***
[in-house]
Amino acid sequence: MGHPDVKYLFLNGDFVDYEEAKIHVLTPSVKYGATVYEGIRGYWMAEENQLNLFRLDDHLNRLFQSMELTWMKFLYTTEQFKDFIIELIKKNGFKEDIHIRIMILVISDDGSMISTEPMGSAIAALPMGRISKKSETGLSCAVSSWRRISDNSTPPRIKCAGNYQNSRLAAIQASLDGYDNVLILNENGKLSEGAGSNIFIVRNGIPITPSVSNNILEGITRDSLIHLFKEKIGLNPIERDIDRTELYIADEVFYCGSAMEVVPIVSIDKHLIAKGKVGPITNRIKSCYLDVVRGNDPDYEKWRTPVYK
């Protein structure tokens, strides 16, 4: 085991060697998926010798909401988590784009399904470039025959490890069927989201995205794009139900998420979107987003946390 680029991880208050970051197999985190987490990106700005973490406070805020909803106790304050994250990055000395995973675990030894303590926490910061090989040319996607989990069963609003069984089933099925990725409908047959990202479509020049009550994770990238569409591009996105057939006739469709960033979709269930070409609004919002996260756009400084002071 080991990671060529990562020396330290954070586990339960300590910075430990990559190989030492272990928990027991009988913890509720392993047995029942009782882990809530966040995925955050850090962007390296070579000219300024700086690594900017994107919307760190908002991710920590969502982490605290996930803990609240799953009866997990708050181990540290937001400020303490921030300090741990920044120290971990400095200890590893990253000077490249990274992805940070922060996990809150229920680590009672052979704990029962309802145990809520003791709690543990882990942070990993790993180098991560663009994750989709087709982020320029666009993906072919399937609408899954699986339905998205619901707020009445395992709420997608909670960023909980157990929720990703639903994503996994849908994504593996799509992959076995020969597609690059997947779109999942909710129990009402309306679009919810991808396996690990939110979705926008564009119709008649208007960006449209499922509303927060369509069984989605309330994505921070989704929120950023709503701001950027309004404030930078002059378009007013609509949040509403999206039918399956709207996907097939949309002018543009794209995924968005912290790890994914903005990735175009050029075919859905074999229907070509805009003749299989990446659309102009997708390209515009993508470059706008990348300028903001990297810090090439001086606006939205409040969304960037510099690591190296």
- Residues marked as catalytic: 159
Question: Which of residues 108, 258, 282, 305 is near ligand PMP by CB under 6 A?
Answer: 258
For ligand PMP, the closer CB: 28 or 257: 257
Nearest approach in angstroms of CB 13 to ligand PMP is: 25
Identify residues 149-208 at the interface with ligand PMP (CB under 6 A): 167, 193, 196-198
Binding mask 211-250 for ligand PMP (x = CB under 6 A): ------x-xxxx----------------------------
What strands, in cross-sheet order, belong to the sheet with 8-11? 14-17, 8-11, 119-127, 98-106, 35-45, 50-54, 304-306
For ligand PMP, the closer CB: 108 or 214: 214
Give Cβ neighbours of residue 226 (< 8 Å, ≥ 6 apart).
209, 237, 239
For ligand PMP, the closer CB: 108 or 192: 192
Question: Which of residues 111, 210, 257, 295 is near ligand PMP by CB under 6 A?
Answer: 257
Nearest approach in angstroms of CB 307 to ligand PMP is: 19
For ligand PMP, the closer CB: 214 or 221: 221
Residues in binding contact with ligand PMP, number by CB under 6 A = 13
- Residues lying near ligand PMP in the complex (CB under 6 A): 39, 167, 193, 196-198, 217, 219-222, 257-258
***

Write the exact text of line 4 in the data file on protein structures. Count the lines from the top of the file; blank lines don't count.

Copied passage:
- Residues marked as catalytic: 159